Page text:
Continue Reading Continuity of Enterprise is Enough for Successor Parties to be Liable

On February 11th, the three private plaintiff-appellants and eleven State plaintiff-appellants in State National Bank of Big Spring, et al. v. Jacob J. Lew, et al. filed briefs with the U.S. Court of Appeals for the District of Columbia Circuit in their appeal of the District Court’s decision that the plaintiffs lacked standing to challenge certain provisions of the Dodd-Frank Wall Street Reform and Consumer Protection Act, Pub. L. No. 111-203, 124 Stat. 1376 (2010) (the “Dodd-Frank Act” or the “Act”).  The plaintiff-appellants challenged the “Orderly Liquidation Authority” granted to the FDIC under Title II of the Dodd-Frank Act on the basis that such authority supplants Chapters 7 and 11 of the Bankruptcy Codeand thereby strips the plaintiff-appellants of the statutory protections, amounting to property rights, afforded by the Bankruptcy Code to unsecured creditors.  Judge Huvelle found this argument insufficient to satisfy the standing requirement imposed by Article III of the Constitution,  stating that “[while] it is true that Dodd-Frank empowers the FDIC to treat creditors’ claims somewhat differently than they are treated in traditional bankruptcy proceedings…no one can know if this will ever happen.” The plaintiff-appellants argue that the challenged provisions are facially invalid, rendering the probability of harm test irrelevant, because “[f]or creditors of large financial institutions, Title II of the Dodd-Frank Act expressly ends one of the Bankruptcy Code’s core statutory rights: creditors’ express right to be repaid equally with other similarly situated creditors.”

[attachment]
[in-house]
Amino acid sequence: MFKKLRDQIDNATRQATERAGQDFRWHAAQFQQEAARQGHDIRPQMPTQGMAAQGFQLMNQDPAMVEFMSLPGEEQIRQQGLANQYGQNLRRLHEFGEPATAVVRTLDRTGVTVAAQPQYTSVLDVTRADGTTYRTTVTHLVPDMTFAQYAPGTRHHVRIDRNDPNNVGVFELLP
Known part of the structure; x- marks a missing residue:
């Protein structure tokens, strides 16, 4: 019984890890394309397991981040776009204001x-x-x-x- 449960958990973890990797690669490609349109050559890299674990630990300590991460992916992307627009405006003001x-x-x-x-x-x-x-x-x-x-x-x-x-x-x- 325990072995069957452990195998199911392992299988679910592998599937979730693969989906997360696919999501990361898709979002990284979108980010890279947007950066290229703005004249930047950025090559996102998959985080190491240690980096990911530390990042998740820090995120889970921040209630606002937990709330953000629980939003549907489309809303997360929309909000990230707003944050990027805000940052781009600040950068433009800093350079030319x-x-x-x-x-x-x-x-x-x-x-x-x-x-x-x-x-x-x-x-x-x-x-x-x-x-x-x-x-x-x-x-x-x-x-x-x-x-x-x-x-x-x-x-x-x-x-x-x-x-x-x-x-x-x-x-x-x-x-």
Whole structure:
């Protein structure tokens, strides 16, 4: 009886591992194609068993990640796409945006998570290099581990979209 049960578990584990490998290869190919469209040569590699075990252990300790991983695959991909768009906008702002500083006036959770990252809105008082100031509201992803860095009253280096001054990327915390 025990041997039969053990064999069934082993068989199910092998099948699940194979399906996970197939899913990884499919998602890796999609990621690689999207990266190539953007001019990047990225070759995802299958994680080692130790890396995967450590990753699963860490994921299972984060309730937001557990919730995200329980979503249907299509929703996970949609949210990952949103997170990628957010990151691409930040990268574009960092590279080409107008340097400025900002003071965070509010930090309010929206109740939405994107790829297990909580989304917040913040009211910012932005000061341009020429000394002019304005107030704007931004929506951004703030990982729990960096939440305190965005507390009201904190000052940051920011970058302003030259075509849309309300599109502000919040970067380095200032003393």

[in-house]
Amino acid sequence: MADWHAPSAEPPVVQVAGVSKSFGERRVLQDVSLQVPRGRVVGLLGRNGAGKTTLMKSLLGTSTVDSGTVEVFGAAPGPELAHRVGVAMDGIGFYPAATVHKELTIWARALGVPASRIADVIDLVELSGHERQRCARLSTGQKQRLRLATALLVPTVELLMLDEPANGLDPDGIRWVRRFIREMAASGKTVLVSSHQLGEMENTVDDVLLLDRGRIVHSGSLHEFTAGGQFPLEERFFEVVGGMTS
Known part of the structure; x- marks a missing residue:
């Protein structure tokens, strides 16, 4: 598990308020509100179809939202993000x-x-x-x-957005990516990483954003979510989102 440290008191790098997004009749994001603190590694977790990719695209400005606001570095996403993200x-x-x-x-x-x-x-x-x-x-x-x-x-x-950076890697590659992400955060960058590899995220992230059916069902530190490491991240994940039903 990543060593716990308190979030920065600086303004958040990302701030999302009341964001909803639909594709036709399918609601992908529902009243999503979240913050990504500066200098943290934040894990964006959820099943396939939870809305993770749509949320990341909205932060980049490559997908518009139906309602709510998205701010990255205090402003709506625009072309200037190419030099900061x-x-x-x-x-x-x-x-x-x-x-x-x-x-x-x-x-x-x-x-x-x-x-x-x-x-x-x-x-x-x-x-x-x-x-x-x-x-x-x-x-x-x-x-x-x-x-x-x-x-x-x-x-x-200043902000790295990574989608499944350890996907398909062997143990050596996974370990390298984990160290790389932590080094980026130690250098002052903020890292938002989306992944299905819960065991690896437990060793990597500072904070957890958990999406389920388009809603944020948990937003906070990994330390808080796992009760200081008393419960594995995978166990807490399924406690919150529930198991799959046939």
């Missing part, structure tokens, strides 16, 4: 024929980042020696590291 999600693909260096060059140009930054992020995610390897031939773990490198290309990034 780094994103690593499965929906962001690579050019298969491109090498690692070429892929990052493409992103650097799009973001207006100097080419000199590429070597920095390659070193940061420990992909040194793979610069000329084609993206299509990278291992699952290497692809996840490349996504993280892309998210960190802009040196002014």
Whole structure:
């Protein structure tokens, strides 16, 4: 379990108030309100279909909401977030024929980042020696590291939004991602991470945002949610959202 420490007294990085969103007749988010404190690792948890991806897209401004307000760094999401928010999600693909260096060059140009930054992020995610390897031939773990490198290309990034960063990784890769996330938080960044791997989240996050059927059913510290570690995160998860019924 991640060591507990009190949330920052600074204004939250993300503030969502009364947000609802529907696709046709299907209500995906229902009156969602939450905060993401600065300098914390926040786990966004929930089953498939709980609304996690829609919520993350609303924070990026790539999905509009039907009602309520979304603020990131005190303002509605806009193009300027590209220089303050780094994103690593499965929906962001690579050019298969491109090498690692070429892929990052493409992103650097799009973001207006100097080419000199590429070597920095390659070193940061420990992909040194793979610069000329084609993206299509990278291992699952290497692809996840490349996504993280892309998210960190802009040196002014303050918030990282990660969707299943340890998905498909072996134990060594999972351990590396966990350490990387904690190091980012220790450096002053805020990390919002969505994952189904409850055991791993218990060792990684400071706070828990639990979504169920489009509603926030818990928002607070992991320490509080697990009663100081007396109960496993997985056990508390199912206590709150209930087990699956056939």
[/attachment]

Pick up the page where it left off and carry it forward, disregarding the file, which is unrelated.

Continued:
Continue Reading Dodd-Frank’s Intersection with the Bankruptcy Code Could Have Significant Impact for Unsecured Creditors

The United States Bankruptcy Court for the Southern District of New York (the “Court”) in Weisfelner v. Fund 1 (In Re Lyondell Chemical Co.), 2014 WL 118036 (Bankr. S.D.N.Y. Jan. 14, 2014) recently held that the safe harbor provision of 11 U.S.C. § 546(e) did not bar unsecured creditors from seeking, under state fraudulent transfer law, to recover payouts made to former shareholders of a company acquired in a leveraged buyout.  This case highlights the limitations in section 546(e)’s so-called safe harbor provision, which protects settlement payments made to complete pre-bankruptcy securities contracts from later being attacked and avoided by the bankruptcy estate representative as fraudulent transfers.
Continue Reading Attacking LBO Payouts as State Law Fraudulent Transfers

BREAKING NEWS: In a contentious 4-3 decision and amid more than 300 community members on both sides of the issue, the City Council for the City of Richmond voted to continue pursuing its eminent domain plan in the early morning hours of Wednesday, September 11. The council also rejected two related measures, one that would withdraw the letters threatening eminent domain and another requiring Mortgage Resolution Partners, the firm providing financial backing for the City’s plan, to obtain insurance to insulate the city from legal liabilities.